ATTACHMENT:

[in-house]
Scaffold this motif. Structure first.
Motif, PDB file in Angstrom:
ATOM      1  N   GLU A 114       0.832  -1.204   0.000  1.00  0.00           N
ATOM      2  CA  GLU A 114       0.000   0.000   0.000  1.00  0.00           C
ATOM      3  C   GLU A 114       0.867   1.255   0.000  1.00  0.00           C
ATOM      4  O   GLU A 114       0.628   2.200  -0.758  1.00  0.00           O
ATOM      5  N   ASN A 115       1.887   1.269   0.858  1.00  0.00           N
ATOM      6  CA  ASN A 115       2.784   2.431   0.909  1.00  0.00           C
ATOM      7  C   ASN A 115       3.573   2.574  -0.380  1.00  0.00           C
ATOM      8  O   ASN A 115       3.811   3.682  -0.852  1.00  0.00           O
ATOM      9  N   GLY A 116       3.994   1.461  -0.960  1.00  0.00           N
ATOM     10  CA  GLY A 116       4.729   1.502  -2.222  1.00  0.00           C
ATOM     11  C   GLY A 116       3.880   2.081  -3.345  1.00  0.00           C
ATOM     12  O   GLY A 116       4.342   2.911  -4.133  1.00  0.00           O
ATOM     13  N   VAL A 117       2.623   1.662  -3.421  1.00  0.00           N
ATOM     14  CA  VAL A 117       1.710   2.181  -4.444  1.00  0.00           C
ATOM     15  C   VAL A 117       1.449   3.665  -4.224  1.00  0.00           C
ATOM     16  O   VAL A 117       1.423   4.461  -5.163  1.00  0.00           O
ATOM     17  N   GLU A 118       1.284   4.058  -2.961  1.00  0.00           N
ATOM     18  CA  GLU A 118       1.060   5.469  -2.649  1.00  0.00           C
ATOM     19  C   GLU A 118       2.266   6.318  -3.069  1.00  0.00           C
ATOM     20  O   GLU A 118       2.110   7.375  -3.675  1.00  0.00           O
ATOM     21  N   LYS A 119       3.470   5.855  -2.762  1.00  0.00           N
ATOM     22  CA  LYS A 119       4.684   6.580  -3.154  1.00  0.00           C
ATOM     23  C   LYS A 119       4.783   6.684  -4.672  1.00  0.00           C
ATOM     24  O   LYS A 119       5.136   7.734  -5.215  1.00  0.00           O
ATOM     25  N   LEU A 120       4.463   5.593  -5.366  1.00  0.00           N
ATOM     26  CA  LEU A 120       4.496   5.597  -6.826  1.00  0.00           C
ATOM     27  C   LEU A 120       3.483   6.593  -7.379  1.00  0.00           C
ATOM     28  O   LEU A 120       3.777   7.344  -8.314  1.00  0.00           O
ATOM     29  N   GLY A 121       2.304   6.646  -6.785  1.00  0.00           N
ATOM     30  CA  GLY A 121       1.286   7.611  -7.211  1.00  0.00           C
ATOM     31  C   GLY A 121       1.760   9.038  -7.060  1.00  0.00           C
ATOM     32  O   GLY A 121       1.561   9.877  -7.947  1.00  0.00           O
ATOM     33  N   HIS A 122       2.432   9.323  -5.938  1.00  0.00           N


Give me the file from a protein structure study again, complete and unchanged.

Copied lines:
[in-house]
Scaffold this motif. Structure first.
Motif, PDB file in Angstrom:
ATOM      1  N   GLU A 114       0.832  -1.204   0.000  1.00  0.00           N
ATOM      2  CA  GLU A 114       0.000   0.000   0.000  1.00  0.00           C
ATOM      3  C   GLU A 114       0.867   1.255   0.000  1.00  0.00           C
ATOM      4  O   GLU A 114       0.628   2.200  -0.758  1.00  0.00           O
ATOM      5  N   ASN A 115       1.887   1.269   0.858  1.00  0.00           N
ATOM      6  CA  ASN A 115       2.784   2.431   0.909  1.00  0.00           C
ATOM      7  C   ASN A 115       3.573   2.574  -0.380  1.00  0.00           C
ATOM      8  O   ASN A 115       3.811   3.682  -0.852  1.00  0.00           O
ATOM      9  N   GLY A 116       3.994   1.461  -0.960  1.00  0.00           N
ATOM     10  CA  GLY A 116       4.729   1.502  -2.222  1.00  0.00           C
ATOM     11  C   GLY A 116       3.880   2.081  -3.345  1.00  0.00           C
ATOM     12  O   GLY A 116       4.342   2.911  -4.133  1.00  0.00           O
ATOM     13  N   VAL A 117       2.623   1.662  -3.421  1.00  0.00           N
ATOM     14  CA  VAL A 117       1.710   2.181  -4.444  1.00  0.00           C
ATOM     15  C   VAL A 117       1.449   3.665  -4.224  1.00  0.00           C
ATOM     16  O   VAL A 117       1.423   4.461  -5.163  1.00  0.00           O
ATOM     17  N   GLU A 118       1.284   4.058  -2.961  1.00  0.00           N
ATOM     18  CA  GLU A 118       1.060   5.469  -2.649  1.00  0.00           C
ATOM     19  C   GLU A 118       2.266   6.318  -3.069  1.00  0.00           C
ATOM     20  O   GLU A 118       2.110   7.375  -3.675  1.00  0.00           O
ATOM     21  N   LYS A 119       3.470   5.855  -2.762  1.00  0.00           N
ATOM     22  CA  LYS A 119       4.684   6.580  -3.154  1.00  0.00           C
ATOM     23  C   LYS A 119       4.783   6.684  -4.672  1.00  0.00           C
ATOM     24  O   LYS A 119       5.136   7.734  -5.215  1.00  0.00           O
ATOM     25  N   LEU A 120       4.463   5.593  -5.366  1.00  0.00           N
ATOM     26  CA  LEU A 120       4.496   5.597  -6.826  1.00  0.00           C
ATOM     27  C   LEU A 120       3.483   6.593  -7.379  1.00  0.00           C
ATOM     28  O   LEU A 120       3.777   7.344  -8.314  1.00  0.00           O
ATOM     29  N   GLY A 121       2.304   6.646  -6.785  1.00  0.00           N
ATOM     30  CA  GLY A 121       1.286   7.611  -7.211  1.00  0.00           C
ATOM     31  C   GLY A 121       1.760   9.038  -7.060  1.00  0.00           C
ATOM     32  O   GLY A 121       1.561   9.877  -7.947  1.00  0.00           O
ATOM     33  N   HIS A 122       2.432   9.323  -5.938  1.00  0.00           N